The Economics and Law of Sexual Harassment in the Workplace


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This week, I leave you with this short 2003 paper in the Journal of Economic Perspectives by Kaushik Basu. It both follows somewhat from my last post, is related to the day's news, and relevant for thinking about principles for intervention in labor markets for a host of issues that our colleagues deal with in developing and developed economies...Here is the abstract - but you can read the paper in 30 minutes...

Suppose a firm has a widespread reputation for sexually harassing its employees. When a person signs up to work for such a firm, it would appear that both the firm and the worker are better off by virtue of the "exchange". Is there a case then for government to ban sexual harassment in the workplace? Starting from this question, this paper constructs an argument for legislative intervention. This "economic approach" is applied to other labor market practices and is used to evaluate and critique the current law concerning sexual harassment in the U.S. and other nations.


Berk Ozler

Lead Economist, Development Research Group, World Bank

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Julian Jamison
November 06, 2017

Fun paper (hadn't seen it) and I love that he is willing to dive into moral / normative aspects forthrightly, which too many economists avoid. That being said, the theory side is pretty bad.
There are several ad hoc assumptions, e.g. the fact that all employers want to harass and with the same utility, whereas employees are heterogeneous. Worse (as we shall see) is the assumption that harassment is binary (implicitly per hour worked, in his model). No discussion of robustness anywhere.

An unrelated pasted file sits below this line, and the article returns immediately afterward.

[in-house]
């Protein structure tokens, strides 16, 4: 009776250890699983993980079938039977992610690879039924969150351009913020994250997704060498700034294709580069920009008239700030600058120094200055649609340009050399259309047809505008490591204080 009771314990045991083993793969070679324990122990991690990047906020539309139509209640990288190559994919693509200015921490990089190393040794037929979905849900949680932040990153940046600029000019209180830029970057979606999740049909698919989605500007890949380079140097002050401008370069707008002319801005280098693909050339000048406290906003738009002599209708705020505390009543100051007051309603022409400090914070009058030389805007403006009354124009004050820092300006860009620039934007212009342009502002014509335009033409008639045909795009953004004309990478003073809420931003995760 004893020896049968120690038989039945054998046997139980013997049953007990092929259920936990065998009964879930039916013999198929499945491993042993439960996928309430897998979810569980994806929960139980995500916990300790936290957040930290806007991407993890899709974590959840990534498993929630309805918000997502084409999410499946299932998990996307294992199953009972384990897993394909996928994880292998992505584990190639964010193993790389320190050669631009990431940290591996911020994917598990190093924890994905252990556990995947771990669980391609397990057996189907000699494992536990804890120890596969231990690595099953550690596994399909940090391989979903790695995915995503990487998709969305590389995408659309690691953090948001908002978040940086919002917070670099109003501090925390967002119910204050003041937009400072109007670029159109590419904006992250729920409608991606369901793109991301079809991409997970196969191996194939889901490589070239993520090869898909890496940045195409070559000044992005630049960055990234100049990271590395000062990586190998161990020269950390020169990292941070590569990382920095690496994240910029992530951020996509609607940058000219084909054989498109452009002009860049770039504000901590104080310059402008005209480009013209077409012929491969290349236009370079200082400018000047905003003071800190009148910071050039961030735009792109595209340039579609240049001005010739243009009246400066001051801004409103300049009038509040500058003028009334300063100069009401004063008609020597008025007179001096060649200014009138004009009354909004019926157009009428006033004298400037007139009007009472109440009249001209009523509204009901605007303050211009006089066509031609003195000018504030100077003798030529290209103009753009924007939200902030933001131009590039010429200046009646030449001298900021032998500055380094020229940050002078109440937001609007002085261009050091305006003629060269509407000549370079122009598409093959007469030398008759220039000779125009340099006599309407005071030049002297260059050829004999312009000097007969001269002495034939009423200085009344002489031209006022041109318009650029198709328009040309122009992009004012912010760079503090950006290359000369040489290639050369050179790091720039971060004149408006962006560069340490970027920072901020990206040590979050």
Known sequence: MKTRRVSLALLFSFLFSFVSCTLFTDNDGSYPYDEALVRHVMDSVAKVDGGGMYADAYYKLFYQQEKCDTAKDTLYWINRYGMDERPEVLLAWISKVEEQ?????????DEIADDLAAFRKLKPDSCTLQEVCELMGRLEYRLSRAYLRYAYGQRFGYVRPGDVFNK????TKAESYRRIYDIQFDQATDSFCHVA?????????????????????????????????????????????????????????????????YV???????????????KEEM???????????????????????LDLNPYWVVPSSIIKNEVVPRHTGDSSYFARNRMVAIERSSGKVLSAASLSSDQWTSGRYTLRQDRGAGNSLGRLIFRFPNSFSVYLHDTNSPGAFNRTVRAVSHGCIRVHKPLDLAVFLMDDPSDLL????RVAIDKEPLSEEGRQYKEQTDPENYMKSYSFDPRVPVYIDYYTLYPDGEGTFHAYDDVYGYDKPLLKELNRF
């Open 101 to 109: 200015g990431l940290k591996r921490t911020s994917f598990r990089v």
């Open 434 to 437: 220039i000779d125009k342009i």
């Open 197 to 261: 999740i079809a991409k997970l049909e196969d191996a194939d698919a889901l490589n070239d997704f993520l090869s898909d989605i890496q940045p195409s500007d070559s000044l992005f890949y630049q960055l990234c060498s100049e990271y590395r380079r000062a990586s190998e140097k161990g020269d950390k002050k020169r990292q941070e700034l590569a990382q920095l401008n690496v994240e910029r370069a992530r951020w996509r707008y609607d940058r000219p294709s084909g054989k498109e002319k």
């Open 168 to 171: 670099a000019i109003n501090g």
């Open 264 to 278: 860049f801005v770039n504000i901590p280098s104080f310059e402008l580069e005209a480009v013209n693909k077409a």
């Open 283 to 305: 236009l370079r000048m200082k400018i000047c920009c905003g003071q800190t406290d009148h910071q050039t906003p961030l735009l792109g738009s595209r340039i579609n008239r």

But let's go with the flow for now. The conclusion is that the equilibrium allowing harassment makes some people worse off than the one without. A natural follow-up question is what happens to total surplus, and the obvious answer is that it is higher in the former case (basically just the First Welfare Theorem, since the no-harassment equilibrium outcome is still a feasible allocation). It's true that it doesn't Pareto dominate, but with the right set of transfers it would in fact dominate.
Ah, but isn't the point of the paper all about free markets (namely that somehow they don't work with "large numbers") so that my idea of transfers goes against the spirit? Well yes, but note that his example is not a free market to begin with: workers are only allowed to "supply" being a harassee at a precisely fixed ratio to their labor supply (the 0-1 assumption from above). A truly free market would at the very least have two parameters: a wage piece-rate for labor, and a piece-rate for intensity of harassment. Simply decouple the two and allow contract menus with two dimensions.
It is clear that in this case the equilibrium wage will be w* since the marginal incentives for productivity and labor are the same as without harassment. And there will be an equilibrium 'wage' for harassment (which will be exactly theta in his competitive market), after which workers in equilibrium can choose how much to provide. Since they can always choose 0 (and many will), this scenario Pareto dominates the legislated no-harassment one. His version distorts the free market and unsurprisingly finds inefficiencies, although even there the surplus is higher.
[The astute reader will note that I have implicitly assumed separability between labor and harassment, as did Basu. In a more complicated world, we will need more complicated contracts than additive piece-rates, but it will all go through.]
The really ironic element is that even after all that struggle, he is forced (bottom of p.150) to admit 'behavioral' preferences, since the argument doesn't hold up in a (finite) neo-classical world. But of course the real reason we (quite rightly!) have laws against contracts allowing sexual harassment is precisely and fully behavioral: people are present-biased; they can't accurately predict future utility as a function of outcomes (i.e. they don't entirely know how it will feel over time); and they simply make mistakes. We should admit that explicitly, rather than trying to fit a square peg into a round hole.